This at least removes the risk of sweat becoming a problem. However, if you are prone to acne take care with how you shower. Always set the temperature for ‘lukewarm.’ If the water’s too hot it can sometimes encourage the sebaceous glands to produce more oil and, if you’re showering too often, it can also irritate your skin! 

Cleanse, tone and moisturise

I’ve already gone through the danger of wearing make-up to the gym so you may wish to give your skin a quick cleanse before hopping on the cross trainer. However, once you’ve had your shower and washed all the sweat away, you may wish to go through the basic three-step beauty routine of cleansing, toning and moisturising. 

Cleansing may help to remove any oily or sweaty residues while toning can help to balance your skin’s pH levels. I’d always opt for natural, organic skincare products – our friends over at Jan de Vries usually recommend using Dr Hauschka’s Clarifying Toner or, you could try Sukin’s Oil Balancing Gel Cleanse and Clarifying Facial Tonic. Both products have been formulated with oily skin in mind so they’re a good fit for acne-prone skin types. 

Finally, if you’ve been working up a sweat, your skin may be slightly more vulnerable to dryness, especially if you’ve followed that workout with a shower. I’d recommend using our Echinacea Cream, which has natural soothing properties to help ease inflamed, spot prone skin!

Stay hydrated

Arguably the most important thing to consider when you’re exercising, you should be keeping an eye on your fluid levels. If you’re building up a sweat, you’re going to be losing not only fluids, but also valuable electrolytes too!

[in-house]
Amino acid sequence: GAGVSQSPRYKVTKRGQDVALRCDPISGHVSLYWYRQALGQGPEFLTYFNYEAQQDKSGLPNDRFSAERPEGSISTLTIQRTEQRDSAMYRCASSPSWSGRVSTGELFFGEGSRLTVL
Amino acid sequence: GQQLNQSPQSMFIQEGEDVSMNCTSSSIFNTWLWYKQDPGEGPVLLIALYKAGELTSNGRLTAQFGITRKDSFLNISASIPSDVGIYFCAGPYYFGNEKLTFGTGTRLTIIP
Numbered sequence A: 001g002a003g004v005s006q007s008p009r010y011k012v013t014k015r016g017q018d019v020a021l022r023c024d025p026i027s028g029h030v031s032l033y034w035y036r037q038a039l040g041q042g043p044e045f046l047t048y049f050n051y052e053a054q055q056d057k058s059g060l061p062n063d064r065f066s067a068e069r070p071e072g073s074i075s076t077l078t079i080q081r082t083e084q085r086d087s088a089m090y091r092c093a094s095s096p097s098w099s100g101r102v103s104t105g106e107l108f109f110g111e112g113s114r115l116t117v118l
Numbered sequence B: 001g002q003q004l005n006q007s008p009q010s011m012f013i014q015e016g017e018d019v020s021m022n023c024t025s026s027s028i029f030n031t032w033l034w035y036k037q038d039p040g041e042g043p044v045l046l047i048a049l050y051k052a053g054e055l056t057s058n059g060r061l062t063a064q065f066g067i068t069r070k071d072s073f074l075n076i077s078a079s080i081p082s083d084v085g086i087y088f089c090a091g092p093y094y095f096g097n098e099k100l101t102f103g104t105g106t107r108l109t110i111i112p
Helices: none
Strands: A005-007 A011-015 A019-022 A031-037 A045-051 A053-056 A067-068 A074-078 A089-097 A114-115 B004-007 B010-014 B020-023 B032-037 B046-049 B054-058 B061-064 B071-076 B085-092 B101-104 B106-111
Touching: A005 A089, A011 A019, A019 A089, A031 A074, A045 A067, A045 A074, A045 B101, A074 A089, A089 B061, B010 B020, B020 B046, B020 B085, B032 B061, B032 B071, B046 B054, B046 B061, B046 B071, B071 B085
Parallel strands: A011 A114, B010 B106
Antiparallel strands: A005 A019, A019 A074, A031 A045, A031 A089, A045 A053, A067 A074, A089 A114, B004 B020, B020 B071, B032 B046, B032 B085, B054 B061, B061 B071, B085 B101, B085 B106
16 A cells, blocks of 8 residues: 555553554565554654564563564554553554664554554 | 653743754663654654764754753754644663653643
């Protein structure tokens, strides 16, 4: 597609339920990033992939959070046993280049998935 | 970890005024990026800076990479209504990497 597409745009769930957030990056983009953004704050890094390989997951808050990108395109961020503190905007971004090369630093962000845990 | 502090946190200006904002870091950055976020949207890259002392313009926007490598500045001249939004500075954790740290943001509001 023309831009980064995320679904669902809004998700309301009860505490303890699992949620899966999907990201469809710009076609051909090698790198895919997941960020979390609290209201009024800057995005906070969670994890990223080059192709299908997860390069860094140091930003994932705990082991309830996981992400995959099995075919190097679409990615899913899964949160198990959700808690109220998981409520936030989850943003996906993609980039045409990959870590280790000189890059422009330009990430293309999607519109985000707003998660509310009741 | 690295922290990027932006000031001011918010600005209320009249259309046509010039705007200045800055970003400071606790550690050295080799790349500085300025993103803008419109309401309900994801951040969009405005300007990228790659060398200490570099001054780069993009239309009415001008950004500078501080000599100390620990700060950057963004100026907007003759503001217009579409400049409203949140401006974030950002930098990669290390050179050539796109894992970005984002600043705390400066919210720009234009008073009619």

Now, you might think that if you have oily, acne-prone skin, losing a little water wouldn’t bethe worst thing, however, dehydration can have a huge impact on your body, affecting not only your circulatory system, but also your digestive system and cognitive function! If you have acne-prone skin, you need these areas of your body to be in top-top condition and, if they’re not, your complexion will definitely feel the consequences. 

Take water with you to gym and make sure you’re drinking plenty of it when you get home too. You could even try having a glass of our strawberry-flavoured Balance Drink after your workout as this fatigue-fighting formula helps to not only restore essential electrolytes like potassium and magnesium, it also gives your energy levels a nice boost too!

1https://www.ncbi.nlm.nih.gov/pubmed/11694882

2https://www.verywellfit.com/chafing-prevention-3432493

3https://health.howstuffworks.com/wellness/men/sweating-odor/sweating-clog-pores.htm

4https://emedicine.medscape.com/article/1070840-overview